fireworks injuries

fireworks injuries

The people going to the hospital for fireworks injuries are exactly who you think

fireworks injuries: Founder John Adams wanted Americans to make the whip to celebrate our independence. As he wrote to his wife Abigail on July 3, 1776

It was formally celebrated with pomp and parades, with … games, sport, weapons, bells, bonfires and illuminations from one end of this continent to another, from now on forever.
And we made soup! By 1900, fireworks injuries had become so common in the fourth of July that doctors have called infections that turn out to be “patriotic tetanus.”

We now have a tetanus vaccine (which is great because tetanus – also called “trismus” – sounds horrible). But the fourth is always a dangerous match. According to the US Consumer Product Safety Commission, fireworks were involved in 11,100 visits to the hospital, resulting in four deaths in 2016. There were 1,300 hospitalizations firecrackers, 900 sparks injured, 500 candles and rockets Bottle 400 Roman (if a clarification was needed, a device called “rocket” is not perfectly safe).

So who is more likely to get hurt in all this fun? Exactly what you think.

We can call this table: “teenagers are idiots, on a table”

This table represents several years of data on hospitalizations related to fireworks (2006 to 2010), compiled in a 2014 study in the Journal of Surgical Research. The trend is clear: teenagers and young men are injured with fireworks each much.

Men and children, as a whole, accounted for 76% of all hospital entrances related to fireworks in the study. Last year, they accounted for 61 percent of revenues. Improved!

And you do not know when these hospitalizations are increasing. Here are all the 2006 to 2010 hospitalizations ordered by month.

 

“The high number of injuries in July is probably due to the use of fireworks during holidays or during Independence (July 4),” conclude the authors of the study. Really! Journal of Surgical Research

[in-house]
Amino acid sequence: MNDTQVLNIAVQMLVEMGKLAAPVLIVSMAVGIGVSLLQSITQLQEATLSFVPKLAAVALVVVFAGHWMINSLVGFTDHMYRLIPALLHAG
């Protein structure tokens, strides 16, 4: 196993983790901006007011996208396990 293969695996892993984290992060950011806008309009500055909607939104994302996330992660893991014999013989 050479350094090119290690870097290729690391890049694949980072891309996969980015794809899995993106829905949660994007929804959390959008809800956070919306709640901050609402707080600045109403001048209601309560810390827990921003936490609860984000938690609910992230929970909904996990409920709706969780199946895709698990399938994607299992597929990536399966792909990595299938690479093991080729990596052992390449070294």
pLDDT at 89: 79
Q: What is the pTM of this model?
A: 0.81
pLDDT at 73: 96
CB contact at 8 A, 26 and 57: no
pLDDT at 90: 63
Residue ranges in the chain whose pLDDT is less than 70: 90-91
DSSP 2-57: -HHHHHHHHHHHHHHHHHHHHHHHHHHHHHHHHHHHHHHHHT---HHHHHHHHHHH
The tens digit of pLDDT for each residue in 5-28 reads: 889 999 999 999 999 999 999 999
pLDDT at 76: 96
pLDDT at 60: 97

(The same thing happened last year: CPSC estimates that 68 percent of all injuries 100 fireworks were carried out last year between June 18 and July 18, ..

The most common injuries are fireworks of the hand, wrist or finger. Fifty-seven percent of injuries involve burns, 16 percent come from bruises and 15.8 percent from “open wounds.”

All these elements, these pyrotechnic articles are a significant danger. “Fire-related injuries continue to be a public health problem,” concludes the Journal of Surgical Research study.

The fireworks industry, on the other hand, says its products have become safer. And to be fair, although more and more states have legalized fireworks in recent years, the number of injuries has not increased much. In 2001, 10 States had a total ban on consumer fireworks. There are now only two: Delaware and Massachusetts. Last week, New Jersey became the last states to relax in its laws on fireworks. (The mosaic of individual state and local laws means that children under age 12 can buy fireworks in some states, while other areas prohibit minors from buying).

Anyway, you do not need a peer-to-explosive study to know that they do not make toys safe. Stay safe!

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